As for me and my household, we will seek to associate and live our lives with real Catholics. We will hold out real Catholicism to those who reject it, in love, but we are NOT going to continue to attend churches and Masses with heterodox 'fake' Catholic priests, and with all sorts of evil held out to our children as good and Godly. I love my children too much to expose them to such crap.

It's unbelieveable to me and my wife that the Church has allowed itself to fall so much in love with the degradations of the world, but it has. Every moment of lack of courage by a priest or Catholic to state truth and defend it leads society into further degradation. We see now the results of years of failing to proclaim the Gospel of Christ unabashed and unafraid in every situation. My family is paying the price for years of cowardice and pride and idiocy and imprudence on the part of many Church 'leaders.'

So sad. I want so, so much better for my family.

I doubt I'll ever get to see it.

Posted by: luke
June 12, 2007 11:05 AM EDT
The Church is being destroyed from within. The "inclusive" morality of progressives and the drum beat of "stewardship" week in and week out echoes in empty hearts and minds. "If we stay busy and reach out to one another, touchy-feely like, we will all be one." Too many are at church for entertainment. At any given parish you find 10, 20, 50 ministries, yet porn addiction amongst men is estimated at 30 % in the pews and rarely addressed in the pulpit. It's the lay people loyal to tradition who will bring back the True Church.
Our Church is dying. Maybe this needs to happen so a remnant of the truly faithful will save Her, with Divine assistance.
Posted by: clandr56
July 15, 2007 06:38 PM EDT
I've said it before and I'll say it again - "Take your kids out of Catholic and public schools and home school them yourselves. We do it and we both work. It's not impossible to do. For more info go to That is the curriculum we use and it is very orthodox and strictly faithful to the magisterium. If you are looking at home schooling as a possibility but are unsure feel free to contact me at for a bit of guidance and reassurance. We stood where you are standing now at one point, and now, we are very happy with our decision, as is our son. Posted by: gespin3549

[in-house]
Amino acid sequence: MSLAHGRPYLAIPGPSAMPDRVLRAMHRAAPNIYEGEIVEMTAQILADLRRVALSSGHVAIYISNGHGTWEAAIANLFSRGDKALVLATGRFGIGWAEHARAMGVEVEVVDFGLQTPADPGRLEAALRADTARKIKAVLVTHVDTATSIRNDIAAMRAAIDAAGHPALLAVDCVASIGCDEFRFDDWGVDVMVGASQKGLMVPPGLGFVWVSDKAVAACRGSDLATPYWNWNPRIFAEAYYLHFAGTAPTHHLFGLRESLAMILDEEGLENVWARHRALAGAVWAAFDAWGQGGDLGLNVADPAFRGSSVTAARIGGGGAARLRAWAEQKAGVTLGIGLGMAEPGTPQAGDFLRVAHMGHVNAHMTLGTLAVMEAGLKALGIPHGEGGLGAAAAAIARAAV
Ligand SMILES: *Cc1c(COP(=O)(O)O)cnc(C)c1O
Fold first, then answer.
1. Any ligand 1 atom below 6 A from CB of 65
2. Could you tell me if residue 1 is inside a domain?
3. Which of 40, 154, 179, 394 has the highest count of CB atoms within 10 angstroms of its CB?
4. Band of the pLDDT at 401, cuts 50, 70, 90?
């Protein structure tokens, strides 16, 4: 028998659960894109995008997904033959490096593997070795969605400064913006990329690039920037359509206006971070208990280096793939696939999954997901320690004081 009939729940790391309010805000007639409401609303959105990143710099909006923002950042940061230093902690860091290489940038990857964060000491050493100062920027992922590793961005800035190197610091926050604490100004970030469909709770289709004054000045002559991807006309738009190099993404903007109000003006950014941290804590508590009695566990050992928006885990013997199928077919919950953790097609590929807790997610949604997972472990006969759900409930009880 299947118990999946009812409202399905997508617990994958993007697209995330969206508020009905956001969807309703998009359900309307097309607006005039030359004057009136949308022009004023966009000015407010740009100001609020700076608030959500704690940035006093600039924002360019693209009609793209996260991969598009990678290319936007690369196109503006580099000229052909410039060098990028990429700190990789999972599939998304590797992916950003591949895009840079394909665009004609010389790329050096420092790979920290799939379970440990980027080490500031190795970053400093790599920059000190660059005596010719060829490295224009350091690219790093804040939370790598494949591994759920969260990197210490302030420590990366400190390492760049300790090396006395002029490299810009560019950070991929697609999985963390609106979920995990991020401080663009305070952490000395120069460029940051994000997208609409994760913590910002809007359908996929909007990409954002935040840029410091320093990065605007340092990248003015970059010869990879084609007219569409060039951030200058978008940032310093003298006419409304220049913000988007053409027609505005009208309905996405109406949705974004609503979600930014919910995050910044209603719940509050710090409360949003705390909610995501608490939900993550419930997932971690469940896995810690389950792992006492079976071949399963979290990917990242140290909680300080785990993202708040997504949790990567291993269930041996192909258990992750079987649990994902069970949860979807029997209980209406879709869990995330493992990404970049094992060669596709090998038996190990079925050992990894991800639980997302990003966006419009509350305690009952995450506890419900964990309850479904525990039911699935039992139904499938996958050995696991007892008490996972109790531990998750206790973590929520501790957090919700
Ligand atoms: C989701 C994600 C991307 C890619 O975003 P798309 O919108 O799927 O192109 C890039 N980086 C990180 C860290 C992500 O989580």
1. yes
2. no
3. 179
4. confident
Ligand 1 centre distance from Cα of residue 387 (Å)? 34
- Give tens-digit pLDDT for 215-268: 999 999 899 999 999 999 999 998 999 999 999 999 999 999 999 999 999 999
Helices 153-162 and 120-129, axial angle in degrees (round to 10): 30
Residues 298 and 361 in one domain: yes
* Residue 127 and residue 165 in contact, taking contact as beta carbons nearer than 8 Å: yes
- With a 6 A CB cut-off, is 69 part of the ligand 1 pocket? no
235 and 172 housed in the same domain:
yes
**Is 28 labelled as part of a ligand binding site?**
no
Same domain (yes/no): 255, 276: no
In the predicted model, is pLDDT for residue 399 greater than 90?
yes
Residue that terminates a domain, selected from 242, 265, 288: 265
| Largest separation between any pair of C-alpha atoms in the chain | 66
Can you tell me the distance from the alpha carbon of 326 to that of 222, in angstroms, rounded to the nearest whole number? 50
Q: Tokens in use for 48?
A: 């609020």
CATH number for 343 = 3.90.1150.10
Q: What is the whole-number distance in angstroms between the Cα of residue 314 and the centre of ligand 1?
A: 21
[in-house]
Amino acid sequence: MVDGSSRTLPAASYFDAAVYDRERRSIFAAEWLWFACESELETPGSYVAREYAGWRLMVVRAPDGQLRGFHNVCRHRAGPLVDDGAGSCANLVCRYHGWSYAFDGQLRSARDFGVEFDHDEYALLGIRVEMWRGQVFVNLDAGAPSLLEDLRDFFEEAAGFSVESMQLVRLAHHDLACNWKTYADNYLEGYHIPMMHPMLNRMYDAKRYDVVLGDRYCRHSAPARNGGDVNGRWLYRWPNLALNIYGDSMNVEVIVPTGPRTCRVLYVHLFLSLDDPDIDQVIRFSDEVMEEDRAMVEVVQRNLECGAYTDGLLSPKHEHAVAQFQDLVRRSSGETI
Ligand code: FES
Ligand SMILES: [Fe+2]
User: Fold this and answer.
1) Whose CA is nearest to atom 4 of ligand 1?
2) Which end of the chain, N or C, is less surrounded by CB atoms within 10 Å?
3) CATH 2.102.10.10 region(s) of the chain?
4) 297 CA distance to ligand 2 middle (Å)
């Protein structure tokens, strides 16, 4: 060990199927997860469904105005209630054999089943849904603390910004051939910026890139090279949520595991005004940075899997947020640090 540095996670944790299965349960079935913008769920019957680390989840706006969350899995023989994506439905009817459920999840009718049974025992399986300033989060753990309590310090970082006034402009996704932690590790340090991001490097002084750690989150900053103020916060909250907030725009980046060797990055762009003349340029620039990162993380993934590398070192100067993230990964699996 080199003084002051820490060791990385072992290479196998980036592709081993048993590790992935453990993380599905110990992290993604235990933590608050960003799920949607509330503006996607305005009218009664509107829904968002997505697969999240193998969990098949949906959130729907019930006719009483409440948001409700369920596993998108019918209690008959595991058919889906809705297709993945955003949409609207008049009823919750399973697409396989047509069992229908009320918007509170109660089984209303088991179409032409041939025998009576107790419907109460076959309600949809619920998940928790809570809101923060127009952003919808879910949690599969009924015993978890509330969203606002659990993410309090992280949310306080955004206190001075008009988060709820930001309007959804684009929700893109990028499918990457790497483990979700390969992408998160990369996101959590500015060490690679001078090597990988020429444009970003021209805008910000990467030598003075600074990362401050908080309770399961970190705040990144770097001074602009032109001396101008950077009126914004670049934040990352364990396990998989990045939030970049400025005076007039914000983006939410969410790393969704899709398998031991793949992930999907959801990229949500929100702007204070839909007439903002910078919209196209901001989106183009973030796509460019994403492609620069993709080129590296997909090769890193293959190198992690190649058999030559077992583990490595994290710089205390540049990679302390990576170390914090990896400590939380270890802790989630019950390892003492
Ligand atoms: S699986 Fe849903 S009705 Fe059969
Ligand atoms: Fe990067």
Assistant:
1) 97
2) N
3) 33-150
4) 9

June 28, 2007 06:29 AM EDT
It is , indeed, a sad situation. Once, in a discussion with a young seminarian back in the early 60s, he said that many are coming into the priesthood for the wrong reasons. Apparently those are now our church leaders. I do wish that the Catholic media would refrain from calling all of these groups - Catholic. What practising Catholics do and believe is of considerably more interest to me than the cafeteria Catholics. That is also the trouble with the polls above. Just whom does it represent? Polls are a problem in that, although we have the technology to determine a lot of information about attitudes and habits etc., the questions are formed so that the poll results are more a representation of the interpretation of the pollster than the aggragate responders. The article and the comments make me wonder just what are priests taught. My brief experience with priests suggests that most are not businessmen, the sunday sermons do not suggest they are schooled there and they certainly don't appear ready to be apologists for the church regarding our current issues. Of course, back when I was growing up, they didn't need to be most of those things. They said Mass, taught religion with the Baltimore Catechism and whether the parish was out/in debt was an indication of their leadership/business acumen. Perhaps they need the help of the lay people now. The attitudes of the millennial group reflects as much on their parents as on them. The impact of the country on them, e.g. Senators Kennedy, Leahy, Durbin, Pelosi in the house etc. are the result of them being elected - to the extent those parents voted them in, they are also contributing to the corrosive environment the young find themselves in. Posted by: wunsch
June 28, 2007 02:38 PM EDT